Key Financial Points in Materials Management for Government Contractors
In a world of engineering changes, project requirements and keeping customers happy, engineer-to-order manufacturers delivering on government contracts are constantly balancing between materials and finance.
This blog explores this balance in covering highlights of a recent webinar presented by Kinetek Consulting's Debbie White titled: The Balancing Act: Materials & Finance. In the webinar, Ms. White discusses how to prioritize planning, production, cost accounting and project costing and how Deltek Costpoint Manufacturing helps you strike a balance when integrating materials management and finance.
Project Level Materials Management and Costing
To keep projects moving forward and everyone focused on controlling costs and scope, Costpoint Manufacturing uniquely keeps the project as the center of focus, system-wide and company-wide. Costs, inventory, manufacturing orders, and other data, are tracked and measured at the project, account and organization levels.
Costpoint’s Sales Order capabilities work at the lowest level of the project and help you track funding levels and costs. Sales Order helps you track all details of the order and supports six different revenue recognition methods, as well as materials resource planning (MPR) and forecasts.
In Costpoint Manufacturing, you can calculate cost of goods sold a couple of ways. Inventory can be based on standard or average actual costing methods. You can decide when to book costs of goods sold – for example, from inventory – or delay to time of shipping. You can also book it into a holding account, which will back out upon revenue recognition. Costpoint lets you set up standard costing the way you want, whether detailed or high level.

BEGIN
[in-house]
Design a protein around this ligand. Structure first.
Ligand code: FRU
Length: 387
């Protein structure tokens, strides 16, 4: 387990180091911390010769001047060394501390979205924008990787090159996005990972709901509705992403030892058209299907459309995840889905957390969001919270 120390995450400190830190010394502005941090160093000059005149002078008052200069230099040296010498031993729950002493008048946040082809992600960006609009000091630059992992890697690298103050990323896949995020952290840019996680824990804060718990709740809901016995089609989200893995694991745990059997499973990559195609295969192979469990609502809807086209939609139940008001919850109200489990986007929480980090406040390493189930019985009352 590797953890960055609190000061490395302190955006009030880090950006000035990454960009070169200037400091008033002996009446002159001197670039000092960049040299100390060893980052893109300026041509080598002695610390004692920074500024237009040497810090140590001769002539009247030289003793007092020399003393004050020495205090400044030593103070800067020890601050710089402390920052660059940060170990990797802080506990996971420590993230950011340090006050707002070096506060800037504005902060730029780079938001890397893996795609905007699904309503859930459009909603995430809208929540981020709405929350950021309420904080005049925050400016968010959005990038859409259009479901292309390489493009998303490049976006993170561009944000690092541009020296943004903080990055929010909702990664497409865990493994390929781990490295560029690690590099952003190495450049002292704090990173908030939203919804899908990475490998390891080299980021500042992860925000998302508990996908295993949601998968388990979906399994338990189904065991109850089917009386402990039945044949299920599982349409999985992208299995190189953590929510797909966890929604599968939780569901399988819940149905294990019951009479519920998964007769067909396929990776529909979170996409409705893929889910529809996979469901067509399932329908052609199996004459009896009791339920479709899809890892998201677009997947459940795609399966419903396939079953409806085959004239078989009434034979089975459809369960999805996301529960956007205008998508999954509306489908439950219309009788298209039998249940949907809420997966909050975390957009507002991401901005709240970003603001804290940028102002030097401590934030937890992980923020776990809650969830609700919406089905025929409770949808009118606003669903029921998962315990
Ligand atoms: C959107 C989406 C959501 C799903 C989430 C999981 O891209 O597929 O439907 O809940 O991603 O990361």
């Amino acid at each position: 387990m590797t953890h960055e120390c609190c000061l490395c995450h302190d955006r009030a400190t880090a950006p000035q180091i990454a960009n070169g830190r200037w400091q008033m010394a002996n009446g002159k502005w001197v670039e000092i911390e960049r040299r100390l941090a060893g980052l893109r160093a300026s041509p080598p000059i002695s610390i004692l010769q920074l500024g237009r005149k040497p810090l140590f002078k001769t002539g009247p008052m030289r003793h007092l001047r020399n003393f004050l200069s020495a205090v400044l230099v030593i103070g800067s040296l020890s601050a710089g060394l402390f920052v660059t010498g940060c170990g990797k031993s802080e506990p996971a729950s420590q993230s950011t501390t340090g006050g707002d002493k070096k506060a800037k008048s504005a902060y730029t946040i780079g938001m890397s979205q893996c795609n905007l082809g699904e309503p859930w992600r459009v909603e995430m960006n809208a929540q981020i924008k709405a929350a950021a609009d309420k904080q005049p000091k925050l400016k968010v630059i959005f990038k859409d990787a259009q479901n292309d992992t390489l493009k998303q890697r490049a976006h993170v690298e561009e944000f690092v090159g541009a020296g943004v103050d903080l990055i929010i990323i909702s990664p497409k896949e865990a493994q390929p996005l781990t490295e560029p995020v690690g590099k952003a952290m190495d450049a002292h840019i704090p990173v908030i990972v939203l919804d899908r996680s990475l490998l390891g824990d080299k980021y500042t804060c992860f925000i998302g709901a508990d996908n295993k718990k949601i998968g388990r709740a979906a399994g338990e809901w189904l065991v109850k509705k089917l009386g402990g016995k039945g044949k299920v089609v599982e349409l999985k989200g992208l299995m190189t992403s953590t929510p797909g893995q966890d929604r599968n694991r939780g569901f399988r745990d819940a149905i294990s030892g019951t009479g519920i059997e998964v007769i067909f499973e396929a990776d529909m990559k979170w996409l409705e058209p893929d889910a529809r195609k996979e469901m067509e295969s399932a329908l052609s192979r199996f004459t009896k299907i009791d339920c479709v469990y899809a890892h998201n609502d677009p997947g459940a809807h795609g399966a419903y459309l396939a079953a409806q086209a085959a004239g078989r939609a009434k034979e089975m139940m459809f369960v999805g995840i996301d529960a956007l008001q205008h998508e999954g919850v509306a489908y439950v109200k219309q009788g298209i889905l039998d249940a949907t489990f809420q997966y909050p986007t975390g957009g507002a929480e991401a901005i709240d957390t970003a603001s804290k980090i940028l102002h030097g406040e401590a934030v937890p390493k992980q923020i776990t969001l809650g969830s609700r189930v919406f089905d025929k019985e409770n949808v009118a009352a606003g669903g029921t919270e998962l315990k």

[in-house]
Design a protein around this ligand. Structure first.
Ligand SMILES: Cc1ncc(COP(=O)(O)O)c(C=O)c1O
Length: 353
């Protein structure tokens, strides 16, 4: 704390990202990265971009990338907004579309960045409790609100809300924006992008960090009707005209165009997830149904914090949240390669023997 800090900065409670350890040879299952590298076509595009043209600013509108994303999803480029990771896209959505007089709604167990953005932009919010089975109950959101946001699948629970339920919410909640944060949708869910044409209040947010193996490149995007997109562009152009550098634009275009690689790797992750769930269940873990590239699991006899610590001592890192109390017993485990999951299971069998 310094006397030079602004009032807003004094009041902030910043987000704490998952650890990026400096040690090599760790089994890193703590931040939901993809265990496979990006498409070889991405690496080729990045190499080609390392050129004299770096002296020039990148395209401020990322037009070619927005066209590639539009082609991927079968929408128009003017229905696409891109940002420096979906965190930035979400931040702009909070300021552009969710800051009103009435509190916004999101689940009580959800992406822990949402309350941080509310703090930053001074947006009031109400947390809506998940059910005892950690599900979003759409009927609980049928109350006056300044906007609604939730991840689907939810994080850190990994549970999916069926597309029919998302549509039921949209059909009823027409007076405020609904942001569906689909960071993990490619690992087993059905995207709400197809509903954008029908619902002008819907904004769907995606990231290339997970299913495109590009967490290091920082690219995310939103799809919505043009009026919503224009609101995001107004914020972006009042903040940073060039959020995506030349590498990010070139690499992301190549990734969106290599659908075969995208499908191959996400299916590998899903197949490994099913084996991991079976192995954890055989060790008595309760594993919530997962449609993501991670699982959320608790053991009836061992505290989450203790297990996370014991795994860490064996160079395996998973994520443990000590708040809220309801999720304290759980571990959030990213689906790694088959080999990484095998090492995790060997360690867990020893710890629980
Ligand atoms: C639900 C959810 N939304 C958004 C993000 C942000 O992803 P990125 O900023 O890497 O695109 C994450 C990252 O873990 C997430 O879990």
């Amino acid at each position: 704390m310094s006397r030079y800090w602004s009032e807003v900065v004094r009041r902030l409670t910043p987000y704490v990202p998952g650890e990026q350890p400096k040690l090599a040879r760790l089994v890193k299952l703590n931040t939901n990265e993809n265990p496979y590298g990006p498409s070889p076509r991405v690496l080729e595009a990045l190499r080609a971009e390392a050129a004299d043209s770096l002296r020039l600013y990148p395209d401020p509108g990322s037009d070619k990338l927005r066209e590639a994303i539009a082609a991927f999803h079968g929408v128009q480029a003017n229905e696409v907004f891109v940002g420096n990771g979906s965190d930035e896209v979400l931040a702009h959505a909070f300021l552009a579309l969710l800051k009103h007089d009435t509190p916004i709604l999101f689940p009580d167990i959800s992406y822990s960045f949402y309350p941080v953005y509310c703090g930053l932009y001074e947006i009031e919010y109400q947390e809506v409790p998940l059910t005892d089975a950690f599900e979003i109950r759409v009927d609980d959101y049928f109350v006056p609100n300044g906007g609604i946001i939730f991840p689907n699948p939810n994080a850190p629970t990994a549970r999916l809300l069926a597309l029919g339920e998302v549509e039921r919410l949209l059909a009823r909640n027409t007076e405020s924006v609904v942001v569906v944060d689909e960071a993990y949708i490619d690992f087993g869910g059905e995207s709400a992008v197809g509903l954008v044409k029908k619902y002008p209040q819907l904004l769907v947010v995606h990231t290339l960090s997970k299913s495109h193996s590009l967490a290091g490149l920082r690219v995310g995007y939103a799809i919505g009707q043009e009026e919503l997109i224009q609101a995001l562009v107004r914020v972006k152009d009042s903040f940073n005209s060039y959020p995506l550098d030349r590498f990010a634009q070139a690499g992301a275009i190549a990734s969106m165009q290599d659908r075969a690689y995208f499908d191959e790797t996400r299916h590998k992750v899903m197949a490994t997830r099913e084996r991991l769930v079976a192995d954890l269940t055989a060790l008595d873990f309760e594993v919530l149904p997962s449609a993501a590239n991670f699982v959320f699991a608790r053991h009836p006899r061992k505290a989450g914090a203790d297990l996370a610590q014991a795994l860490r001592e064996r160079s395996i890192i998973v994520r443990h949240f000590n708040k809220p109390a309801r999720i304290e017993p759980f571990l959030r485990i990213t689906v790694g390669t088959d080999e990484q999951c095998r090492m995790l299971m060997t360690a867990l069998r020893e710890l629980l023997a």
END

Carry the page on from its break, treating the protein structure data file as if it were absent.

The manufacturing order (work in process)WIP variance analysis detailed report reveals the cause of a variance. You can easily see if it was a labor time sheet adjustment, extra material, or maybe an overhead variance. When you pull this report, you can see what cost element is causing the variance. You will want to run this report any time your material and labor costing shows a high variance.
What is inventory? An asset on the balance sheet is how most systems define inventory.
Costpoint defines inventory in a more detailed manner. It tracks quantity and location, costs, serial and lot numbers, shelf life (think adhesives), transactions (yes – this means it is auditable), ownership and abbreviations or abbreves (Costpoint’s unique time-saving method of using shorter code for the finance side of the house so they can debit or credit) for all of your raw materials and finished goods. Inventory abbreviations contain the account information necessary to post inventory transactions to the general ledger and allocate any appropriate burden costs to inventory.
Abbreves represent the raw materials and finished goods for a given project. Each abbreve can have up to 20 digits. It is a time-saving and concise way to track all of the accounting (accounts and organizations) behind the scenes.
The warehouse person uses abrreves for inventory transactions. Then when posting to the general ledger, the abbreve automatically pulls from the tables to see which account and organizations to use for the actual general ledger transaction.
Great take away tips regarding manufacturing costs:
- “Manufacturing order trailing costs (WIP variances) should be monitored monthly.”
- “Timing is key to accurate manufacturing costs, which lead to accurate cost of goods sold.”
- “If your rates vary a lot between target and actual, print out a work-in-process variance report at the end of each month to avoid a huge surprise at the end of the year.”
For a more in-depth take on how to balance materials management and finance, watch the The Balancing Act: Materials & Finance webinar.